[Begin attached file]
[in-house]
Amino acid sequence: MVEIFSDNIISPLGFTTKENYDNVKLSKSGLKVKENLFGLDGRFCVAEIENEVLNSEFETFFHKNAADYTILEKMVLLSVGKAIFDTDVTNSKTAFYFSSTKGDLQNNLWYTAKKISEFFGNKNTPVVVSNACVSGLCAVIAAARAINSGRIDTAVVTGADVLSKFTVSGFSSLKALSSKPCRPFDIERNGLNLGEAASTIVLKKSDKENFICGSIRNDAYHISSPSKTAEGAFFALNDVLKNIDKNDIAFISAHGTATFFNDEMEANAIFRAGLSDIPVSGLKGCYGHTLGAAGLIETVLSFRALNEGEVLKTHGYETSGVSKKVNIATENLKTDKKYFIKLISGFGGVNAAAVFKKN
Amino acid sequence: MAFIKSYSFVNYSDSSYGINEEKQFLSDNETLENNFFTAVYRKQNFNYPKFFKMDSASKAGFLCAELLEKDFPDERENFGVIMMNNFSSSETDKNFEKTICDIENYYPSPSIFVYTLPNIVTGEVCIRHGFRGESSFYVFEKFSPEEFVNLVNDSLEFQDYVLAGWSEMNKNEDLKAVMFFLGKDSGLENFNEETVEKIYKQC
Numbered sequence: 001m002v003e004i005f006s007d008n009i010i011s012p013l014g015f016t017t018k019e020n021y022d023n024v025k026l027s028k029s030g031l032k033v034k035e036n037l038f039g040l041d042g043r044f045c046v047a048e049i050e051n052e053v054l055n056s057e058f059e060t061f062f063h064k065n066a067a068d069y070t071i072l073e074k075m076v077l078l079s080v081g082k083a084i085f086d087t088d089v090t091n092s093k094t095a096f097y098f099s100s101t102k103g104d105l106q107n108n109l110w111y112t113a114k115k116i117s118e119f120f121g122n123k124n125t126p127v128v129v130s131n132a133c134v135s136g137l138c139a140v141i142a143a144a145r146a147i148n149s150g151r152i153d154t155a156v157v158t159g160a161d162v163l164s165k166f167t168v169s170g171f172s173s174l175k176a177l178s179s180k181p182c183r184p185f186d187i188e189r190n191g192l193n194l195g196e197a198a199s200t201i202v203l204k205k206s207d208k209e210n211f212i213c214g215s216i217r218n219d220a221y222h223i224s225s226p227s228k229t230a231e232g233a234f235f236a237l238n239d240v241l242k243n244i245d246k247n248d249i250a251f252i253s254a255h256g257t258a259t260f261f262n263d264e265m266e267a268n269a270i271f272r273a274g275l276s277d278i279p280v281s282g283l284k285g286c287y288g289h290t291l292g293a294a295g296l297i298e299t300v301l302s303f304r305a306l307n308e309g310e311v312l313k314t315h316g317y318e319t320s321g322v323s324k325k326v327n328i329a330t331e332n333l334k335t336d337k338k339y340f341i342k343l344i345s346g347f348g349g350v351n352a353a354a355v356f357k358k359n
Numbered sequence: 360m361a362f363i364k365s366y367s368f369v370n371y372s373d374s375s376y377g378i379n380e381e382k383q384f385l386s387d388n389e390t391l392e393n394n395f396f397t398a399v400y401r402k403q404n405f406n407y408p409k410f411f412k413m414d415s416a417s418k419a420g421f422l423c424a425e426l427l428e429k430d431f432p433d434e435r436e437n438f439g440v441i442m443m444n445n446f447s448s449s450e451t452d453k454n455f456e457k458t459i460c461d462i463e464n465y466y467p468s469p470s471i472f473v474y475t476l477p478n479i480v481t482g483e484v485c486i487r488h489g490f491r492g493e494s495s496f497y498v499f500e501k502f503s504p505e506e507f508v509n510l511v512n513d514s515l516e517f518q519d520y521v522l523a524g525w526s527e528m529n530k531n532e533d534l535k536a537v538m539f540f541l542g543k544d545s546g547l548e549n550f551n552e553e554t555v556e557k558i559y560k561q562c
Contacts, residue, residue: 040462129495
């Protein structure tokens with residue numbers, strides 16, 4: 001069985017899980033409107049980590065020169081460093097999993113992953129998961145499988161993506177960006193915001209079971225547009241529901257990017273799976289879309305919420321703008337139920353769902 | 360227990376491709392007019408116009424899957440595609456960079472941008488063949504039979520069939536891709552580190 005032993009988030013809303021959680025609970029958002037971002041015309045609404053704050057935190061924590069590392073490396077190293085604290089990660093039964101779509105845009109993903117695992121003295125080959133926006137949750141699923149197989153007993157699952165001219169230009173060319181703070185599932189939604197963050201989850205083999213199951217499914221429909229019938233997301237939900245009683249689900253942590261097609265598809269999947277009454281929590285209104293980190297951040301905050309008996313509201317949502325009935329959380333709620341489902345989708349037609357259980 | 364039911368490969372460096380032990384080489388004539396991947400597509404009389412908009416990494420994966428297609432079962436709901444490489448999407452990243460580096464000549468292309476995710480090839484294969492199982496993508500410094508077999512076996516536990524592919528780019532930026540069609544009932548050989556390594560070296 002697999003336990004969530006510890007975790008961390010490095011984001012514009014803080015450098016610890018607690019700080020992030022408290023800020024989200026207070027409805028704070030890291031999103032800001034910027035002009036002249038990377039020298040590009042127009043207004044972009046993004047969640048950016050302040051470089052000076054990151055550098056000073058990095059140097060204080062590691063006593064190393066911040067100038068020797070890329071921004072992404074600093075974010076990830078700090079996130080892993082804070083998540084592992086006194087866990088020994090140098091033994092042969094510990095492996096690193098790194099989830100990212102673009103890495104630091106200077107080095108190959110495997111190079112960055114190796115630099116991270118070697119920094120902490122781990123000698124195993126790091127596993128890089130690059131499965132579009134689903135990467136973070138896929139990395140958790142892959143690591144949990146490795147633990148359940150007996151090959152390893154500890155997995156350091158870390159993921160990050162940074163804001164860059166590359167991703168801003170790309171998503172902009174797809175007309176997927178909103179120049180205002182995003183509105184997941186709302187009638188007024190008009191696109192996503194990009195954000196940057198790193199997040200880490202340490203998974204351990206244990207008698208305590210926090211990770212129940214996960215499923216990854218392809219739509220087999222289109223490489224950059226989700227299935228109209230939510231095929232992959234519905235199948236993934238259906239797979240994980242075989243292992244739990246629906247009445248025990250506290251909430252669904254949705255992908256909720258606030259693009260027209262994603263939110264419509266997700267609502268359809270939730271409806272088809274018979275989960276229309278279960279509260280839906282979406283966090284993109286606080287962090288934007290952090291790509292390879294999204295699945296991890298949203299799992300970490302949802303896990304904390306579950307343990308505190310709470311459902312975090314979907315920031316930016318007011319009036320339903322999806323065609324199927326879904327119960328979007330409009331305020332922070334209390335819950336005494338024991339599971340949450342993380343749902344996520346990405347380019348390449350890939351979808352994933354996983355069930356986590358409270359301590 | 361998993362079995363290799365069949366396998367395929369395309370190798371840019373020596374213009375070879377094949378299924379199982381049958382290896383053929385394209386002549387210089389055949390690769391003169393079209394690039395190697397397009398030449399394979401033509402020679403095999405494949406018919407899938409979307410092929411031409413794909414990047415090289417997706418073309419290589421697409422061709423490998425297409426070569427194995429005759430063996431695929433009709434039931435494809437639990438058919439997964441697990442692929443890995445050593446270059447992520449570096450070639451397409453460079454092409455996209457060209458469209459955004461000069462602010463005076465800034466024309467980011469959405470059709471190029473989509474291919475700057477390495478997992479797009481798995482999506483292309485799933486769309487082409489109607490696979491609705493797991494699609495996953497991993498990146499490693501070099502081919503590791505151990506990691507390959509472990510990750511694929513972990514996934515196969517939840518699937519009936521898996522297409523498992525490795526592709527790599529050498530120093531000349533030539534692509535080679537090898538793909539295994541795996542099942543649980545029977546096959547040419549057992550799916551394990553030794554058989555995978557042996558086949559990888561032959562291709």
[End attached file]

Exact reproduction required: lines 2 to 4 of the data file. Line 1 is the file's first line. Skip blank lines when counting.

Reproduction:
Amino acid sequence: MVEIFSDNIISPLGFTTKENYDNVKLSKSGLKVKENLFGLDGRFCVAEIENEVLNSEFETFFHKNAADYTILEKMVLLSVGKAIFDTDVTNSKTAFYFSSTKGDLQNNLWYTAKKISEFFGNKNTPVVVSNACVSGLCAVIAAARAINSGRIDTAVVTGADVLSKFTVSGFSSLKALSSKPCRPFDIERNGLNLGEAASTIVLKKSDKENFICGSIRNDAYHISSPSKTAEGAFFALNDVLKNIDKNDIAFISAHGTATFFNDEMEANAIFRAGLSDIPVSGLKGCYGHTLGAAGLIETVLSFRALNEGEVLKTHGYETSGVSKKVNIATENLKTDKKYFIKLISGFGGVNAAAVFKKN
Amino acid sequence: MAFIKSYSFVNYSDSSYGINEEKQFLSDNETLENNFFTAVYRKQNFNYPKFFKMDSASKAGFLCAELLEKDFPDERENFGVIMMNNFSSSETDKNFEKTICDIENYYPSPSIFVYTLPNIVTGEVCIRHGFRGESSFYVFEKFSPEEFVNLVNDSLEFQDYVLAGWSEMNKNEDLKAVMFFLGKDSGLENFNEETVEKIYKQC
Numbered sequence: 001m002v003e004i005f006s007d008n009i010i011s012p013l014g015f016t017t018k019e020n021y022d023n024v025k026l027s028k029s030g031l032k033v034k035e036n037l038f039g040l041d042g043r044f045c046v047a048e049i050e051n052e053v054l055n056s057e058f059e060t061f062f063h064k065n066a067a068d069y070t071i072l073e074k075m076v077l078l079s080v081g082k083a084i085f086d087t088d089v090t091n092s093k094t095a096f097y098f099s100s101t102k103g104d105l106q107n108n109l110w111y112t113a114k115k116i117s118e119f120f121g122n123k124n125t126p127v128v129v130s131n132a133c134v135s136g137l138c139a140v141i142a143a144a145r146a147i148n149s150g151r152i153d154t155a156v157v158t159g160a161d162v163l164s165k166f167t168v169s170g171f172s173s174l175k176a177l178s179s180k181p182c183r184p185f186d187i188e189r190n191g192l193n194l195g196e197a198a199s200t201i202v203l204k205k206s207d208k209e210n211f212i213c214g215s216i217r218n219d220a221y222h223i224s225s226p227s228k229t230a231e232g233a234f235f236a237l238n239d240v241l242k243n244i245d246k247n248d249i250a251f252i253s254a255h256g257t258a259t260f261f262n263d264e265m266e267a268n269a270i271f272r273a274g275l276s277d278i279p280v281s282g283l284k285g286c287y288g289h290t291l292g293a294a295g296l297i298e299t300v301l302s303f304r305a306l307n308e309g310e311v312l313k314t315h316g317y318e319t320s321g322v323s324k325k326v327n328i329a330t331e332n333l334k335t336d337k338k339y340f341i342k343l344i345s346g347f348g349g350v351n352a353a354a355v356f357k358k359n